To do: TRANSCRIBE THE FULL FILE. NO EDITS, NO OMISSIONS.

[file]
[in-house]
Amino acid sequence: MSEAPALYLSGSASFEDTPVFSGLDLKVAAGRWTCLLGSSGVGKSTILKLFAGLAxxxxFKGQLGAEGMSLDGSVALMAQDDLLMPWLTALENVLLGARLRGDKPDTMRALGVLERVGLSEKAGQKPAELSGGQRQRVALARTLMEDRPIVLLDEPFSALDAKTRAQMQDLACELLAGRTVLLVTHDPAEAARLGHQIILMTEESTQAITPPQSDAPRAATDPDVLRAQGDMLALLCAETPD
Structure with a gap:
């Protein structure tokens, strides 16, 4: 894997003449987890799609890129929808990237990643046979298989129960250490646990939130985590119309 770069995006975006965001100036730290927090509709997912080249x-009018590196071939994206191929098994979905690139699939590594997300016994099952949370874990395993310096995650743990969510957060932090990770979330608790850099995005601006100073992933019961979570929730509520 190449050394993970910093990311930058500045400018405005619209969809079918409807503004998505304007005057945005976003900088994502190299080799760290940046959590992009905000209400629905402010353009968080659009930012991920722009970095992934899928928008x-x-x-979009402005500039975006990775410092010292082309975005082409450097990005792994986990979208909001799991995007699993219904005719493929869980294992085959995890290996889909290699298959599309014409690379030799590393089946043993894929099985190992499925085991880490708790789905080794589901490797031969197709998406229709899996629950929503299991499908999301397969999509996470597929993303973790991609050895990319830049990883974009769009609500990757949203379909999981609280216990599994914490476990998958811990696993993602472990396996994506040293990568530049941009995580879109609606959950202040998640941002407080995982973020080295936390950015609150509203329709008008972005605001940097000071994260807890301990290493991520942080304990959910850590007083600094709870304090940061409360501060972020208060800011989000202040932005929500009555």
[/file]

[in-house]
Amino acid sequence: MSEAPALYLSGSASFEDTPVFSGLDLKVAAGRWTCLLGSSGVGKSTILKLFAGLAxxxxFKGQLGAEGMSLDGSVALMAQDDLLMPWLTALENVLLGARLRGDKPDTMRALGVLERVGLSEKAGQKPAELSGGQRQRVALARTLMEDRPIVLLDEPFSALDAKTRAQMQDLACELLAGRTVLLVTHDPAEAARLGHQIILMTEESTQAITPPQSDAPRAATDPDVLRAQGDMLALLCAETPD
Structure with a gap:
């Protein structure tokens, strides 16, 4: 894997003449987890799609890129929808990237990643046979298989129960250490646990939130985590119309 770069995006975006965001100036730290927090509709997912080249x-009018590196071939994206191929098994979905690139699939590594997300016994099952949370874990395993310096995650743990969510957060932090990770979330608790850099995005601006100073992933019961979570929730509520 190449050394993970910093990311930058500045400018405005619209969809079918409807503004998505304007005057945005976003900088994502190299080799760290940046959590992009905000209400629905402010353009968080659009930012991920722009970095992934899928928008x-x-x-979009402005500039975006990775410092010292082309975005082409450097990005792994986990979208909001799991995007699993219904005719493929869980294992085959995890290996889909290699298959599309014409690379030799590393089946043993894929099985190992499925085991880490708790789905080794589901490797031969197709998406229709899996629950929503299991499908999301397969999509996470597929993303973790991609050895990319830049990883974009769009609500990757949203379909999981609280216990599994914490476990998958811990696993993602472990396996994506040293990568530049941009995580879109609606959950202040998640941002407080995982973020080295936390950015609150509203329709008008972005605001940097000071994260807890301990290493991520942080304990959910850590007083600094709870304090940061409360501060972020208060800011989000202040932005929500009555």